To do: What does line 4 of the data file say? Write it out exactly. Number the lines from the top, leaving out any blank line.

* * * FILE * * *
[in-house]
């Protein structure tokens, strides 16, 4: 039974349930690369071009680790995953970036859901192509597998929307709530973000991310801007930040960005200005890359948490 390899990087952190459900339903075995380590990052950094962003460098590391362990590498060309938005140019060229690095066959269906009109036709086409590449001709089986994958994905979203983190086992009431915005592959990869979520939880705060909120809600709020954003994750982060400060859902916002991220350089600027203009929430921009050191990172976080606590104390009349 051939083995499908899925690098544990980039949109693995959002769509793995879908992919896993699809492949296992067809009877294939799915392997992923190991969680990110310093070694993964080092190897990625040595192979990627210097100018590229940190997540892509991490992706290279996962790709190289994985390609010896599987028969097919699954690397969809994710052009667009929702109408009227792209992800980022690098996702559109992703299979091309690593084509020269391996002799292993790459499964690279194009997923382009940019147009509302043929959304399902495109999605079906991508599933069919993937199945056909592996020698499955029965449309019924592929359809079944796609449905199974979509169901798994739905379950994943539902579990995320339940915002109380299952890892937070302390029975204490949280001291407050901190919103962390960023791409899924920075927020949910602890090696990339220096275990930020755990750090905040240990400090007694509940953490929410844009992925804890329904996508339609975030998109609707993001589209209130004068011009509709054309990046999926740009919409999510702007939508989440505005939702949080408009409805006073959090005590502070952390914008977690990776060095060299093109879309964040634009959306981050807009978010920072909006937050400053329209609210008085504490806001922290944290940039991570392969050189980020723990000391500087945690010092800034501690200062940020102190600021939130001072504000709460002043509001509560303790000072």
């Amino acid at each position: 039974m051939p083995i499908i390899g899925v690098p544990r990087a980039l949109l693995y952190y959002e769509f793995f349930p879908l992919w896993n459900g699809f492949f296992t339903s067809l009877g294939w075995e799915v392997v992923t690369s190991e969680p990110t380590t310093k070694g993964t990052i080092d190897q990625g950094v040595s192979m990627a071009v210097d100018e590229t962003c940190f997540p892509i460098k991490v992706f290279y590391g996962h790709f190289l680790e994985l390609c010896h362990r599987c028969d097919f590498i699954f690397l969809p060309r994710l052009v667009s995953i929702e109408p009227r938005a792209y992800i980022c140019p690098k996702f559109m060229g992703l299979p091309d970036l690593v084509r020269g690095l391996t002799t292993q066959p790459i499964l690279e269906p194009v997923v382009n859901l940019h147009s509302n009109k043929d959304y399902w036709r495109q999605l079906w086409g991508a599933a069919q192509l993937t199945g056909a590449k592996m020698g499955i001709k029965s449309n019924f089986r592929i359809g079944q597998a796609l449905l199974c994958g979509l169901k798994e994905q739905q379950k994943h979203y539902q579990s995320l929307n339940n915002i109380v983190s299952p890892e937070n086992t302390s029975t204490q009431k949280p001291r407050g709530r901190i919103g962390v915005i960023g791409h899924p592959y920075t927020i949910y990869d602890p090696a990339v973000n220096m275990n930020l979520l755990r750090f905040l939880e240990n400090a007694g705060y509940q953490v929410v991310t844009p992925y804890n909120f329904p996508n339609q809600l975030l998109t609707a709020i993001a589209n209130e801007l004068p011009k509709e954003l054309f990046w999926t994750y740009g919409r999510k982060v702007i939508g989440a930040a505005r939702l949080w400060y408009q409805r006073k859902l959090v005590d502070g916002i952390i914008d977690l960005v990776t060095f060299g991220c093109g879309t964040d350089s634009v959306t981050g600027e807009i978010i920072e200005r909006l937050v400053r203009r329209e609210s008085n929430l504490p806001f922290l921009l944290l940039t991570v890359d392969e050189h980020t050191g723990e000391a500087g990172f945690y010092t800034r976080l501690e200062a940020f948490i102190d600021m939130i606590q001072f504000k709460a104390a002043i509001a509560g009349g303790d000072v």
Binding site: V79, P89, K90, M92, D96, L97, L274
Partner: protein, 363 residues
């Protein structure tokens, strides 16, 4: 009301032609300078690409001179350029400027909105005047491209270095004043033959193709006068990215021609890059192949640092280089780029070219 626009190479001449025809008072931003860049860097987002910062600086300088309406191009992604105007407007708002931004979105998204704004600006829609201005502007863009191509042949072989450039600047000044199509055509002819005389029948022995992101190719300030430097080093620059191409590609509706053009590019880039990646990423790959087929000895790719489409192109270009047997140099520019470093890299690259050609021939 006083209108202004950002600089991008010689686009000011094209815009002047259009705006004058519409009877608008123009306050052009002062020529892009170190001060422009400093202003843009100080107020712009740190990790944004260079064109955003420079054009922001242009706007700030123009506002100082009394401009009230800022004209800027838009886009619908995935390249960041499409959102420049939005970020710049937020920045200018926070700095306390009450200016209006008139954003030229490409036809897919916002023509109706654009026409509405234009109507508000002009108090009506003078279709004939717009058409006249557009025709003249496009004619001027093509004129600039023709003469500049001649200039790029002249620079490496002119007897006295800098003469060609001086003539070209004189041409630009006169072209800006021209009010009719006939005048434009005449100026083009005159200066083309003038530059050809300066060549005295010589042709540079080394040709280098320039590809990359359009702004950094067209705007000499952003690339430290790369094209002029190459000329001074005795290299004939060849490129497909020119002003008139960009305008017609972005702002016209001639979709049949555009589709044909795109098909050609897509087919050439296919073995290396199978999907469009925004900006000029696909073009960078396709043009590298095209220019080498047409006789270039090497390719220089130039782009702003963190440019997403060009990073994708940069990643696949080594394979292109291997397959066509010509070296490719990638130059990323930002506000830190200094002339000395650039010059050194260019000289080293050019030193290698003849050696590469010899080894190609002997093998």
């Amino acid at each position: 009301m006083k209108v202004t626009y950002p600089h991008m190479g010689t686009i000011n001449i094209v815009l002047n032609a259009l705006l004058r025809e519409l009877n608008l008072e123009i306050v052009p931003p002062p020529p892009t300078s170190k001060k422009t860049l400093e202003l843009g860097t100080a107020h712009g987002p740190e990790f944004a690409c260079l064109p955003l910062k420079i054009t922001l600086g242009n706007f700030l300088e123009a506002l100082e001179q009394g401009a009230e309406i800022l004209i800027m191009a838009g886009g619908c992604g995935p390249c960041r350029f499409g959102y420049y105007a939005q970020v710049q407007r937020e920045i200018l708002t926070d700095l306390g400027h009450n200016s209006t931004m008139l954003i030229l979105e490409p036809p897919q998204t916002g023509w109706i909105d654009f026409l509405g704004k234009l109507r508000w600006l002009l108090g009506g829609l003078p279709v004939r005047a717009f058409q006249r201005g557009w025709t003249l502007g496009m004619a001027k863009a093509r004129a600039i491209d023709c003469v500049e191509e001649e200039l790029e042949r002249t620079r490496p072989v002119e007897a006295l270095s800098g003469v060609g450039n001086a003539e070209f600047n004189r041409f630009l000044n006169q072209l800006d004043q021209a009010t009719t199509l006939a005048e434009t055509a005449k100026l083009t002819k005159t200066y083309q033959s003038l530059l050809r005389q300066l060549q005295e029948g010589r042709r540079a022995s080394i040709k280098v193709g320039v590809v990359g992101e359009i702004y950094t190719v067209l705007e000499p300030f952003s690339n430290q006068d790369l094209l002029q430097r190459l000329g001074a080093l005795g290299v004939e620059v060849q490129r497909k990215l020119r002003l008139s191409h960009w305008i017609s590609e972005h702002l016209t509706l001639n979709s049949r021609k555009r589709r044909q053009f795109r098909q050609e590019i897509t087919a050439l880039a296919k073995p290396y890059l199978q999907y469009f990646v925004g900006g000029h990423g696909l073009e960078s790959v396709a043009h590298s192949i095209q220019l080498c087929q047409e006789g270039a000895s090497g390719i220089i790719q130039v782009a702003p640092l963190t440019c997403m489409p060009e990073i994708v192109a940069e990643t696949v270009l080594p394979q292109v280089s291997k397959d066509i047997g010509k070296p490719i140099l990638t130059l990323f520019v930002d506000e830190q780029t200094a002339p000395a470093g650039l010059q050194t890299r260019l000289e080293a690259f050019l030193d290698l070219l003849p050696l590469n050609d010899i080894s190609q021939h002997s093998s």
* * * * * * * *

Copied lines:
Binding site: V79, P89, K90, M92, D96, L97, L274